The rangers often led us off the trail through raw wilderness finding small signs of larger wildlife for us to encounter. The head ranger was always armed carrying a rifle slung over his shoulder. We saw herds of Gaur, or Indian Bison, grazing in the marsh, many Rhesus Macaque Monkeys, a very large Indian Gray Mongoose running across an open field, and elaborately patterned Dactylotum bicolored Crickets, also known as the rainbow grasshopper, which took flight as we approached. Glassy smooth water at the lake shores reflected undulating pools of light in syncopating rhythms. Dead tree trunks stood like lonely sentinels in the expansive waters, their reflections also dancing on the surface. We photographed the contrasting patterns of reflective light moving on the water which looked like an Expressionistic painting. On the riverbank we came across a group of tribal fishermen and woman. When the Tiger reserve was created this family group was relocated to a spot outside the reserve but retain rights to continue their traditional lifestyle fishing in these waters, cleaning and smoking the fish and selling them in the morning markets in Thekady.
At a muddy clearing in the jungle, our guides identified a tiger paw print on the trail. It was perfectly formed even though it was two days old. They then looked up a near by tree and identified long scratch marks from the tigers claws. The Tigers use scratch marks and marking their scents on trees to define their territory. Further down the path we came upon interesting round nests hanging in a tree which our guide explained was a Tiger Wasp nest. We were on the tigers trail yet it still eluded us.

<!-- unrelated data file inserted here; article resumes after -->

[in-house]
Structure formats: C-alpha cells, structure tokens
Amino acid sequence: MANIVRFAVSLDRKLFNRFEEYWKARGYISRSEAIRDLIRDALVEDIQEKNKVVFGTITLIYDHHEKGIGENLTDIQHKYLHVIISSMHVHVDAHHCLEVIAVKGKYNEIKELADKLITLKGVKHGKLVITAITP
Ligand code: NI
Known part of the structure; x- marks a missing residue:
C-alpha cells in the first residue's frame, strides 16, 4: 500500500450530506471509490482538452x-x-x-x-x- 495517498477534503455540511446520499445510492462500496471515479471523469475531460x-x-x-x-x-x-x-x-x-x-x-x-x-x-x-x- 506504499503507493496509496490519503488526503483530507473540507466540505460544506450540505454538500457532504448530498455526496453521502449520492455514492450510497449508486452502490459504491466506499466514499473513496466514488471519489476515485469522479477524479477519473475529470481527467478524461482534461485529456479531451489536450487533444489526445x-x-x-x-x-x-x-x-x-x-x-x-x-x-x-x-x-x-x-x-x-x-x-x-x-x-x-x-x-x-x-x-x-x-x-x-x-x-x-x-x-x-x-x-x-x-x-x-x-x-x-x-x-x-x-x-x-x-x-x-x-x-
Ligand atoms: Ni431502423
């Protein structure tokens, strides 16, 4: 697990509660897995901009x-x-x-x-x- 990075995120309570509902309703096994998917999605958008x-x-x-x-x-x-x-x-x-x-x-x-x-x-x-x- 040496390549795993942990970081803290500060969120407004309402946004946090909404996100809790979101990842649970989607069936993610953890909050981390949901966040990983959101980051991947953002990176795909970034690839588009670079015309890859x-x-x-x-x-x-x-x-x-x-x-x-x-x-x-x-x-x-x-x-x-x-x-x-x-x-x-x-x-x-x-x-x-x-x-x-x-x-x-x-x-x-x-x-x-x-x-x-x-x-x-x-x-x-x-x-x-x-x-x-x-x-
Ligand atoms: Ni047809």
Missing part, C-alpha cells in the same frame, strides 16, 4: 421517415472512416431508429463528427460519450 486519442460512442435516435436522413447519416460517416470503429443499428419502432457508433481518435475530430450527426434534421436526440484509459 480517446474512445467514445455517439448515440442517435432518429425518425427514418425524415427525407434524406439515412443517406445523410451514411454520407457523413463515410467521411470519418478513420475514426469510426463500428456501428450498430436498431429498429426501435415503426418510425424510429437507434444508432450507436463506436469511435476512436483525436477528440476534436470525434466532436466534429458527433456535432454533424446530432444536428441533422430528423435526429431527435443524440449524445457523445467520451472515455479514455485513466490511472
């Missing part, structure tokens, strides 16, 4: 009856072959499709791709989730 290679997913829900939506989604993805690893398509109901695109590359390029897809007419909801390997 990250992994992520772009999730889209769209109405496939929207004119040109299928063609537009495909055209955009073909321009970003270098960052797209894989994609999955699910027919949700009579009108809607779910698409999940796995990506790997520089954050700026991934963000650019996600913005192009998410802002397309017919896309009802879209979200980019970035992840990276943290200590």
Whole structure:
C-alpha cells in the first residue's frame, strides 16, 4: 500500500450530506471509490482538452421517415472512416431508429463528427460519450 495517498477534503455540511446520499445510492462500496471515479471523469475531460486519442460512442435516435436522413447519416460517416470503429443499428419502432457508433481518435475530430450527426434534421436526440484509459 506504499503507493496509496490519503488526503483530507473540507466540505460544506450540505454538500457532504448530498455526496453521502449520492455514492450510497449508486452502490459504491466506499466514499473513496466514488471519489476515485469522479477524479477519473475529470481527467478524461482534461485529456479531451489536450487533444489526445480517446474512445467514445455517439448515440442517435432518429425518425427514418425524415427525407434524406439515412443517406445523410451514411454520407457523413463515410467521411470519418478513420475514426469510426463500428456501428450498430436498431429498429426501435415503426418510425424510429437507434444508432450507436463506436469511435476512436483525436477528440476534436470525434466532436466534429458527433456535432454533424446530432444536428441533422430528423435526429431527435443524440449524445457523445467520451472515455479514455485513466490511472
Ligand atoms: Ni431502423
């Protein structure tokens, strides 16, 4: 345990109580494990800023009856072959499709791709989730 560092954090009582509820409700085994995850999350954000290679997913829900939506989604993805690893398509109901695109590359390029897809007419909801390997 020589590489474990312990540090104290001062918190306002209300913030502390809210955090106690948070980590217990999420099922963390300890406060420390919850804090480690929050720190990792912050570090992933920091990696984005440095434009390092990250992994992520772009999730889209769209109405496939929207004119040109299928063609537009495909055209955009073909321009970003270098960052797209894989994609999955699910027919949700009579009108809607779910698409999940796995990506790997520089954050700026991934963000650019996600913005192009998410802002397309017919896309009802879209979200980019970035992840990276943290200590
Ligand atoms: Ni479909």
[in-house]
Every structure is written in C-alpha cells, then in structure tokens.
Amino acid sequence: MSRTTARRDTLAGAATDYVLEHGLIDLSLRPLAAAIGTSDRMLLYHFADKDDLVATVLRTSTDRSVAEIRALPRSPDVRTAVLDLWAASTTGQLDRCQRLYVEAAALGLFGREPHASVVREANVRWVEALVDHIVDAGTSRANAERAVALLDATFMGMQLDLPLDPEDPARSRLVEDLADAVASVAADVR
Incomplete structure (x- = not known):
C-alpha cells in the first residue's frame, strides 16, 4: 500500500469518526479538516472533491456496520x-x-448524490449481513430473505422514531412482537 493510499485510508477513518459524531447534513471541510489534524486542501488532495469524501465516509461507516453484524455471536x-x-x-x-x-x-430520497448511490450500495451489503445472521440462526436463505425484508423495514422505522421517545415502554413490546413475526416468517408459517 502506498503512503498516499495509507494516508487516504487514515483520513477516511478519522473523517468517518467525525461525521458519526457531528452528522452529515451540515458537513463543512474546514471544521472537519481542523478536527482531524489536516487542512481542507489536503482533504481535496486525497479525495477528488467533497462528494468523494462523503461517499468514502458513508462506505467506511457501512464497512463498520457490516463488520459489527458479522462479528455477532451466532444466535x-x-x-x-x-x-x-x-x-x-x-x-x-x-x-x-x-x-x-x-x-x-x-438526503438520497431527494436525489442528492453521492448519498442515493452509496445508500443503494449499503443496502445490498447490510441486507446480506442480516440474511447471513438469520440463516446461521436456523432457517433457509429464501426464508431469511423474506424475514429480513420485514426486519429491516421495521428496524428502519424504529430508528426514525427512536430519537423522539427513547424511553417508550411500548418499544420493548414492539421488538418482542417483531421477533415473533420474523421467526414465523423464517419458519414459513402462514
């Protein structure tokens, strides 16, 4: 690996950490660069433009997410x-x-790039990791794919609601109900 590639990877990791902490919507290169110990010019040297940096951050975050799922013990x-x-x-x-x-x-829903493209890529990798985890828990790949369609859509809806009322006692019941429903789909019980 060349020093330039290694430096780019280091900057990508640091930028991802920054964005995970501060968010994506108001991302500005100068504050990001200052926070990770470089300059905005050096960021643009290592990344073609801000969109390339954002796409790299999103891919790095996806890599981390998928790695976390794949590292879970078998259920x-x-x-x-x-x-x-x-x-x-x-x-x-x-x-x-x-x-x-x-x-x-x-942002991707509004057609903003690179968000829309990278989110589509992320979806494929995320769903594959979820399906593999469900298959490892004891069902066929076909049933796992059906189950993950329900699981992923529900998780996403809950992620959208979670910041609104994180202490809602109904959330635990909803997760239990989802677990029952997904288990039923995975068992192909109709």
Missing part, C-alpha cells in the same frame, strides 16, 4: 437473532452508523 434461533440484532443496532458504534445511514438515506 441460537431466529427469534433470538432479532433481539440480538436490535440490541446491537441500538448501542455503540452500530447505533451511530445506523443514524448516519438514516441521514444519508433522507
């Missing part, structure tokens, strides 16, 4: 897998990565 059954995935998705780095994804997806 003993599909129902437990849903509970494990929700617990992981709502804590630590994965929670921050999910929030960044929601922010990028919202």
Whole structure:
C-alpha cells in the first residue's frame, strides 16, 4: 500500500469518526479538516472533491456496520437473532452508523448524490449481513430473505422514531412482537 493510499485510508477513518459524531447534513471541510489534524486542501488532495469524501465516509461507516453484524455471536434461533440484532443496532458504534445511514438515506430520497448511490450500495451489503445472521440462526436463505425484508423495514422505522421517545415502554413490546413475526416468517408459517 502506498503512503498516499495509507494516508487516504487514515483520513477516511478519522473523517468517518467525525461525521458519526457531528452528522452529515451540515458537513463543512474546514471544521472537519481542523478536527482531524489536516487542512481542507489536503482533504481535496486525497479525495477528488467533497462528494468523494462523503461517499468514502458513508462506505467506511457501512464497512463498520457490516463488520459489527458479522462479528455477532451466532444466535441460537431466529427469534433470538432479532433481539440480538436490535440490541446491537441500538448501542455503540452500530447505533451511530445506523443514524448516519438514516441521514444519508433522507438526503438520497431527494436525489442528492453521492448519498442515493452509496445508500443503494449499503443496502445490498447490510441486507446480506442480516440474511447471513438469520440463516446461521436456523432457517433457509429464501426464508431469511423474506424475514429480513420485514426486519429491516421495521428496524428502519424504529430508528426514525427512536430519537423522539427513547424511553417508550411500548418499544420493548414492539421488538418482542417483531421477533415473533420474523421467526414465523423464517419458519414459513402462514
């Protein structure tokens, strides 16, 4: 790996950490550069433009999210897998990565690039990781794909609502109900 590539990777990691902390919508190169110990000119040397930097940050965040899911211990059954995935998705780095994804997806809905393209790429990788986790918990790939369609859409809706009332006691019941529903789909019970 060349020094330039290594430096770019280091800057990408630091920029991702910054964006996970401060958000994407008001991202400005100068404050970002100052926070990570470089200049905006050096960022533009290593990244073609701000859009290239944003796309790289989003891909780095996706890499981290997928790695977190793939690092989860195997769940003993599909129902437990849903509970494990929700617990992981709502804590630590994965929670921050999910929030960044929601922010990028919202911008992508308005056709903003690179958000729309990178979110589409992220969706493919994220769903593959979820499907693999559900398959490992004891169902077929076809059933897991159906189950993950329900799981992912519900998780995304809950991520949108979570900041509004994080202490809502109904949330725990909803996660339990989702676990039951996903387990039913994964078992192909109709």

Reaching our camp which was situated on an escarpment by the lake, we carefully crossed a narrow bamboo pole bridge which extended across a deep moat to a rustic enclosure open aired enclosure that was to be our main living space. Three tents that sat on raised platforms behind us in a clearing inside the compound would be our home. The monsoon rains began to fall down torrentially on the corrugated metal roof in harmony to the large chirping of frogs and cicadas, the symphony of the jungle.
After removing our wet boots we set them by the fire to dry. Brian felt something strange on the back of his head. To his dismay he discovered a squirming leech dancing in his hair at the back of his head. Instictively, he pulled it and tossed it to the ground though it is advisable to remove leeches by flame or tobacco powder to insure their complete removal. A friend noticed a patch of blood on the back of Brian’s head, adding to his further consternation. The rangers handed him a towel with cool water and Brian took a deep breath, wiped the blood off his head and had a shot of rum. Just across a bamboo pole bridge, an Indian Porcupine rustled in the blackness of the night foraging for food. It’s long black and white striped quills glistened in the beam of Latai’s flashlight. Exhausted by the day’s trek in the monsoon rains, we slept soundly to the rhythms of the rain after indulging in a delicious meal of traditional Indian cuisine including a variety of curries, Naan, and the tiny fresh fish from the local tribe that was prepared and cooked by the rangers.
The sound of the Muntjak, or barking deer, from the forest on the other side of the lake awoke us from our slumber. After a cup of Black Tea, we ventured back into the jungle in our last attempt to encounter the ever elusive Bengal Tiger. We heard a rustling in the trees above and discovered an Indian Giant Squirrel scurrying along in the branches. A little deeper into the jungle, the ranger leading our expedition asked us to stop on the path pointing at a low hanging tree in front of us and exclaimed, “Viper!” We walked off the path to catch a better glimpse of the lethal green snake resting on the branch with an extended belly having recently finished its morning meal. Managing to inch our way closer, Brian was able to carefully photograph from a mere 3 feet away as the guide explained that the viper could lunge at a distance of over a meter.